For visitors to Westgate Las Vegas Resort & Casino, its new tribute to Elvis Presley is both a museum exhibit and thrilling entertainment. But to the King’s family, it’s much more: a legacy reclamation project. “My daughter and I want to preserve who Elvis was as a man, as an entertainer, as a performer, as an actor, as a human being,” says Priscilla Presley, “and not have this caricature that we see out there, especially in Las Vegas.”
Endorsed by the Presley family, “Graceland Presents Elvis: The Exhibition, The Show, The Experience” combines a 28,000- square-foot permanent exhibit, a retail center, a wedding chapel, and the newly renamed Elvis Presley Theater at the International Showroom—the renowned venue where Elvis performed 636 consecutive sold-out shows from 1969 to 1976 and where the renowned venue where Elvis performed 636 consecutive sold-out shows from 1969 to 1976 and where a variety of Elvis-themed productions will continue to be shown.
The exhibit is filled with authentic Elvis memorabilia from the archives of his home and museum, Graceland, including his high school yearbook, his first gold album, outfits he wore onstage and on film (like the mechanic’s jumpsuit from Viva Las Vegas), several of his personal automobiles, and contracts signed by him and Colonel Tom Parker. Video clips and vintage photos are displayed throughout the space, and a 30-minute documentary on his career plays in a small theater built into the attraction.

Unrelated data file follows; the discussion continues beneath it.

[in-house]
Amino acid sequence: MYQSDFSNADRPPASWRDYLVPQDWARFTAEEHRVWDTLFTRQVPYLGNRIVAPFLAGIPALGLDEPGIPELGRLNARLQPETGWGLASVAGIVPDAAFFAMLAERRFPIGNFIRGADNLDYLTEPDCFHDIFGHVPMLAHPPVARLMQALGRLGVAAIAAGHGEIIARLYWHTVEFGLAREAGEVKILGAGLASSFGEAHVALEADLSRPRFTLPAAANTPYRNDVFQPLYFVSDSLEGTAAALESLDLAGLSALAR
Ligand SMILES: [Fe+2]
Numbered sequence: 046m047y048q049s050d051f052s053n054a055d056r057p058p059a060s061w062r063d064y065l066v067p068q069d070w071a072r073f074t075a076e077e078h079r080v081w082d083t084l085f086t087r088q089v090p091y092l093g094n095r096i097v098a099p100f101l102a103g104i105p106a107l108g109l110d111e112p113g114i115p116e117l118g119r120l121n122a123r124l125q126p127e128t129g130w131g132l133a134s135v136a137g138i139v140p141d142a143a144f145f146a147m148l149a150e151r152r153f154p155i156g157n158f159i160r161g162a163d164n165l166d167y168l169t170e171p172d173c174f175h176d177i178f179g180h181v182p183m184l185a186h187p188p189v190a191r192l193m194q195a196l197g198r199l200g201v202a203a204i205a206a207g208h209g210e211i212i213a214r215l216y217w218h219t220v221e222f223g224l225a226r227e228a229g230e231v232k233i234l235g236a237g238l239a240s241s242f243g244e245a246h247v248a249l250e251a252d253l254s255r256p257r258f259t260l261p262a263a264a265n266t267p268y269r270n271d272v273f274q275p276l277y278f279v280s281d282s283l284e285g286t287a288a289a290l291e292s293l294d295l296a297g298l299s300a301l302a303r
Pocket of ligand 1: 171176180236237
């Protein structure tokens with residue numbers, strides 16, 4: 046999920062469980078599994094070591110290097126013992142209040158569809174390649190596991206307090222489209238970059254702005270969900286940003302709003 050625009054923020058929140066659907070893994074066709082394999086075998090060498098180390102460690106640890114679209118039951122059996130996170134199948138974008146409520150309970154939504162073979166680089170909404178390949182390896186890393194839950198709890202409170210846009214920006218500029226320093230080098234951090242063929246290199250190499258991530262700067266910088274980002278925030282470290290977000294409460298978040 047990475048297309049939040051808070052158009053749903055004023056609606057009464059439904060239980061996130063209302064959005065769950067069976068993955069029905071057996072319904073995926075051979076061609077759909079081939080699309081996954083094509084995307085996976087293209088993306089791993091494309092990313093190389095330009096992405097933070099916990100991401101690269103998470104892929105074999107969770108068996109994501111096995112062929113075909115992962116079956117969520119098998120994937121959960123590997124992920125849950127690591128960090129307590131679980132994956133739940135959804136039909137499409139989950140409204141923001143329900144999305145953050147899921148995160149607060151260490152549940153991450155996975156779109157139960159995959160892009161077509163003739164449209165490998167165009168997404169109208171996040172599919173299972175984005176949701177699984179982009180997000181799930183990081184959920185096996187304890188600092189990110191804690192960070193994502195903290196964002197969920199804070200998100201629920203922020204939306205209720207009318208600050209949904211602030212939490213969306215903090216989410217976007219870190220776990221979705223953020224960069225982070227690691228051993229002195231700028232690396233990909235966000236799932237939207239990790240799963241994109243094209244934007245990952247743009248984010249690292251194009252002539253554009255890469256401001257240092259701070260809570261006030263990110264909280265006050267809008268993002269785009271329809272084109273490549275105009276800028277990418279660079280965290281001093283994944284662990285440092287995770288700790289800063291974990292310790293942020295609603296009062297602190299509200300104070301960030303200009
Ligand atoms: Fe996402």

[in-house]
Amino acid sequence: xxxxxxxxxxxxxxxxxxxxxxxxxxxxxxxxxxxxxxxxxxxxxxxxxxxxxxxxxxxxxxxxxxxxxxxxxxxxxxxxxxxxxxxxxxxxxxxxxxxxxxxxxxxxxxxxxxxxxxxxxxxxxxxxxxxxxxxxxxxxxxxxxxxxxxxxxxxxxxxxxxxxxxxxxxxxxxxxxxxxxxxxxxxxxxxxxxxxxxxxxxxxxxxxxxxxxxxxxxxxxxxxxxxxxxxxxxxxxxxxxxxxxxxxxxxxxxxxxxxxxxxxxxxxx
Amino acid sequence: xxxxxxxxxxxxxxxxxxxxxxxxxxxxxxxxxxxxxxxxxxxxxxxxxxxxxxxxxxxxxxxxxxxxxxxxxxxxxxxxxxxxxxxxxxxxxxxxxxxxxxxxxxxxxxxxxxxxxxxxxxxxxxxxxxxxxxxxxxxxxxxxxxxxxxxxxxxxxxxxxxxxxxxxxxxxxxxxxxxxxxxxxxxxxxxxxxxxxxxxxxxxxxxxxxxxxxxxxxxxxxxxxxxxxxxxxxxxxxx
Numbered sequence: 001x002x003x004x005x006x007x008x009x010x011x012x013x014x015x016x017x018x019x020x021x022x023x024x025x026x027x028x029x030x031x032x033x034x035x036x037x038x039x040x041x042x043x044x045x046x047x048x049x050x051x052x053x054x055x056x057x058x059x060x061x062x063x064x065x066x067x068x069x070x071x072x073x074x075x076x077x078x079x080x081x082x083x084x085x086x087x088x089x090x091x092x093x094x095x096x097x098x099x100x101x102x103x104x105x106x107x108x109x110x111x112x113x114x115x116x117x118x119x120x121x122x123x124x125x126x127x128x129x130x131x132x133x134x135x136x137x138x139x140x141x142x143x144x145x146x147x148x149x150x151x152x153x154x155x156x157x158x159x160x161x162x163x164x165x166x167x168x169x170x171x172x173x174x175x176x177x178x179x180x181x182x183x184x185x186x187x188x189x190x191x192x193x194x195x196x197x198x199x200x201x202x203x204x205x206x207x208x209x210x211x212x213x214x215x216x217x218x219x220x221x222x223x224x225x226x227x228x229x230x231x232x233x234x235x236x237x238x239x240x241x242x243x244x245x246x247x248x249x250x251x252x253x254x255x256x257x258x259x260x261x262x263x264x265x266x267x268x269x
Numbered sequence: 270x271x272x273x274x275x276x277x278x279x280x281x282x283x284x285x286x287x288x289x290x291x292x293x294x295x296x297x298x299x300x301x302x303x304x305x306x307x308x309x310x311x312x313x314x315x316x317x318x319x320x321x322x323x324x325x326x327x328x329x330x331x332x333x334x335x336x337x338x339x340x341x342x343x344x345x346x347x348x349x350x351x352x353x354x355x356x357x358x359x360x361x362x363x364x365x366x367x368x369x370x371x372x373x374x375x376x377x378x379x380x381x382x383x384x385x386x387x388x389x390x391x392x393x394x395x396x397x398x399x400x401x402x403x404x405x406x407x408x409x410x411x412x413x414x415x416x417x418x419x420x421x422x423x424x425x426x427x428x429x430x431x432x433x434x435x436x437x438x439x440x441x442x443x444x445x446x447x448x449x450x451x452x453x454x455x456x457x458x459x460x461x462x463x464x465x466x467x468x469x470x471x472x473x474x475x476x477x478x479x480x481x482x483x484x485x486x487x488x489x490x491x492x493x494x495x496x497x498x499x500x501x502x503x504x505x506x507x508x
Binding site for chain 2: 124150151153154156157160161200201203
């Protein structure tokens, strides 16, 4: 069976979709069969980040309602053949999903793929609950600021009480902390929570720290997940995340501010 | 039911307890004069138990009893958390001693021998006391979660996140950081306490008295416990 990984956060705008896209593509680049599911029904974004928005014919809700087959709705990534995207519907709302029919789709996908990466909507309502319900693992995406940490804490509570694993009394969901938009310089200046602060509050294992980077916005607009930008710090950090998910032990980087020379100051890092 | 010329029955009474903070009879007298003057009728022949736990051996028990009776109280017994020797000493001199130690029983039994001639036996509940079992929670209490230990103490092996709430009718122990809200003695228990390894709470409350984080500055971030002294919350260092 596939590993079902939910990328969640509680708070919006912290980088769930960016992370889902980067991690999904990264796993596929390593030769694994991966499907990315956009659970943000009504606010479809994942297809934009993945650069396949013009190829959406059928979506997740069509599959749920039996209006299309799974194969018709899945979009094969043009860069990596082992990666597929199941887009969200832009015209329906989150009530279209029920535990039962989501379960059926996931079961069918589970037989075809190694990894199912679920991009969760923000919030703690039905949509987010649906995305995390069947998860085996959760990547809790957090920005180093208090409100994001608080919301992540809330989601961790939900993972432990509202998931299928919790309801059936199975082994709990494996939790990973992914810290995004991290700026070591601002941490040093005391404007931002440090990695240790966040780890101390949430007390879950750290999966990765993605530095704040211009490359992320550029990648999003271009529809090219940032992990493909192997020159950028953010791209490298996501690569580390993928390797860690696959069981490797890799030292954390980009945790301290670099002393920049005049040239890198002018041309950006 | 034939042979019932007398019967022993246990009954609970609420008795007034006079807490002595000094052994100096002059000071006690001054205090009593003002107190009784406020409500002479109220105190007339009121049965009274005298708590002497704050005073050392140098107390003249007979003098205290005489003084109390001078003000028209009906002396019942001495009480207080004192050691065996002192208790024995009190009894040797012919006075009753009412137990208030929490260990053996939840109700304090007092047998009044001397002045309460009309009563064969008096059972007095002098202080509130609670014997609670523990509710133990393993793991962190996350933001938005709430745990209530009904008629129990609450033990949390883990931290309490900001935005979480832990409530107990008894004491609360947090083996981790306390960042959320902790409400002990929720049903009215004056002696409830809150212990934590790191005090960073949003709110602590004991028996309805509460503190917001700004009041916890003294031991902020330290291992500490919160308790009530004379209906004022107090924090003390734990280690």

Priscilla Presley has made a concerted effort to keep this tribute faithful to her late husband, so there will be no Elvis impersonator officiating or performing at weddings in the chapel. “We’re cleaning it up,” Priscilla says. “If someone wants [the Elvis caricature], well, they’ll have to go searching somewhere else. We’re keeping Elvis authentic.”
The hotel now called Westgate opened in 1969 as the International and was purchased by Conrad Hilton two years later and renamed the Las Vegas Hilton. But Elvis’s daughter, Lisa Marie Presley, was surprised to find it standing. “I didn’t even know the building was still in existence, to be honest with you,” she said on April 23, the day the attraction opened. “But it feels right. It feels like we’re resurrecting everything.”
Lisa Marie—who had not been on the property since her father’s final shows there in December 1976, when she was 8—admits to some nostalgia on returning. “I spent so much time here just running around. That’s what I remember, always being able to run upstairs in the suite when he did his shows,” she says, chuckling. “I would be upstairs trying to do stuff like walking outside on the balcony by myself, which I probably shouldn’t have been doing. There was a slot machine in the suite, and I remember playing that a lot. This was like a second home, really.”
According to Priscilla, the exhibit is as close as today’s Vegas audiences can get to the real Elvis. “No one can ever, ever replace him,” she says, “but you get the feel of what it was like to be near him.” Open daily from 10 AM to 10 PM. Westgate North Tower, 800-222-5361